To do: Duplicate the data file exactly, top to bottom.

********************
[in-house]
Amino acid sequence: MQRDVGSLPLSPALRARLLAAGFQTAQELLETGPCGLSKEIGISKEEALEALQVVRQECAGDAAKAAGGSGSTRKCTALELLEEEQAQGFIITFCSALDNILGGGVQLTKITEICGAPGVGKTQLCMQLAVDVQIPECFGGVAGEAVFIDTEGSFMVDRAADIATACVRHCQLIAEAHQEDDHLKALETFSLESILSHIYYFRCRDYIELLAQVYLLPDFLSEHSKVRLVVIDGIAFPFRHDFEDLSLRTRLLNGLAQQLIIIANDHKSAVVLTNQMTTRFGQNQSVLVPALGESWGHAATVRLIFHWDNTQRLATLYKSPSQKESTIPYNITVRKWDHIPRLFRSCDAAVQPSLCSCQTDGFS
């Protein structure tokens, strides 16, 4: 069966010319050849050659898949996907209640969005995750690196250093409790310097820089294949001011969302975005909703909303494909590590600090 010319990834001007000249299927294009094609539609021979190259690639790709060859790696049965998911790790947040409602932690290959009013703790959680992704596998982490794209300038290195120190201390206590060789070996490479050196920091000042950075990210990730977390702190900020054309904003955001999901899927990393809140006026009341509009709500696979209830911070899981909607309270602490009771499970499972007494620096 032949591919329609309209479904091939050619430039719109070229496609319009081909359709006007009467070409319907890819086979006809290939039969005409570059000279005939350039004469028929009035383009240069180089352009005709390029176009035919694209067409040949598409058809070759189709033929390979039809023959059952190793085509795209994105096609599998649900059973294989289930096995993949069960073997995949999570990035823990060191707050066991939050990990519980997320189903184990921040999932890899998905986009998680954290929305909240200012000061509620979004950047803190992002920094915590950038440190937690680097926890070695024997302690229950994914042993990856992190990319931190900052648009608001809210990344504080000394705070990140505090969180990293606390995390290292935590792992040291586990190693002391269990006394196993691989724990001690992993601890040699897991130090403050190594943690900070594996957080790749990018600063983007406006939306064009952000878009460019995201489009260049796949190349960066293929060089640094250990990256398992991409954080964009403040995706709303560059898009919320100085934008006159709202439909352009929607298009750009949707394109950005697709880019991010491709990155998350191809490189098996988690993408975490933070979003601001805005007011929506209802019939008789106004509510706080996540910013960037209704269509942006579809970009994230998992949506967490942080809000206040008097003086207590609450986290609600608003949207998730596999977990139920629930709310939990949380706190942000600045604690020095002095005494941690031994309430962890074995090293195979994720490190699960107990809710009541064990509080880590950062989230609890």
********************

[in-house]
Amino acid sequence: MQRDVGSLPLSPALRARLLAAGFQTAQELLETGPCGLSKEIGISKEEALEALQVVRQECAGDAAKAAGGSGSTRKCTALELLEEEQAQGFIITFCSALDNILGGGVQLTKITEICGAPGVGKTQLCMQLAVDVQIPECFGGVAGEAVFIDTEGSFMVDRAADIATACVRHCQLIAEAHQEDDHLKALETFSLESILSHIYYFRCRDYIELLAQVYLLPDFLSEHSKVRLVVIDGIAFPFRHDFEDLSLRTRLLNGLAQQLIIIANDHKSAVVLTNQMTTRFGQNQSVLVPALGESWGHAATVRLIFHWDNTQRLATLYKSPSQKESTIPYNITVRKWDHIPRLFRSCDAAVQPSLCSCQTDGFS
């Protein structure tokens, strides 16, 4: 069966010319050849050659898949996907209640969005995750690196250093409790310097820089294949001011969302975005909703909303494909590590600090 010319990834001007000249299927294009094609539609021979190259690639790709060859790696049965998911790790947040409602932690290959009013703790959680992704596998982490794209300038290195120190201390206590060789070996490479050196920091000042950075990210990730977390702190900020054309904003955001999901899927990393809140006026009341509009709500696979209830911070899981909607309270602490009771499970499972007494620096 032949591919329609309209479904091939050619430039719109070229496609319009081909359709006007009467070409319907890819086979006809290939039969005409570059000279005939350039004469028929009035383009240069180089352009005709390029176009035919694209067409040949598409058809070759189709033929390979039809023959059952190793085509795209994105096609599998649900059973294989289930096995993949069960073997995949999570990035823990060191707050066991939050990990519980997320189903184990921040999932890899998905986009998680954290929305909240200012000061509620979004950047803190992002920094915590950038440190937690680097926890070695024997302690229950994914042993990856992190990319931190900052648009608001809210990344504080000394705070990140505090969180990293606390995390290292935590792992040291586990190693002391269990006394196993691989724990001690992993601890040699897991130090403050190594943690900070594996957080790749990018600063983007406006939306064009952000878009460019995201489009260049796949190349960066293929060089640094250990990256398992991409954080964009403040995706709303560059898009919320100085934008006159709202439909352009929607298009750009949707394109950005697709880019991010491709990155998350191809490189098996988690993408975490933070979003601001805005007011929506209802019939008789106004509510706080996540910013960037209704269509942006579809970009994230998992949506967490942080809000206040008097003086207590609450986290609600608003949207998730596999977990139920629930709310939990949380706190942000600045604690020095002095005494941690031994309430962890074995090293195979994720490190699960107990809710009541064990509080880590950062989230609890």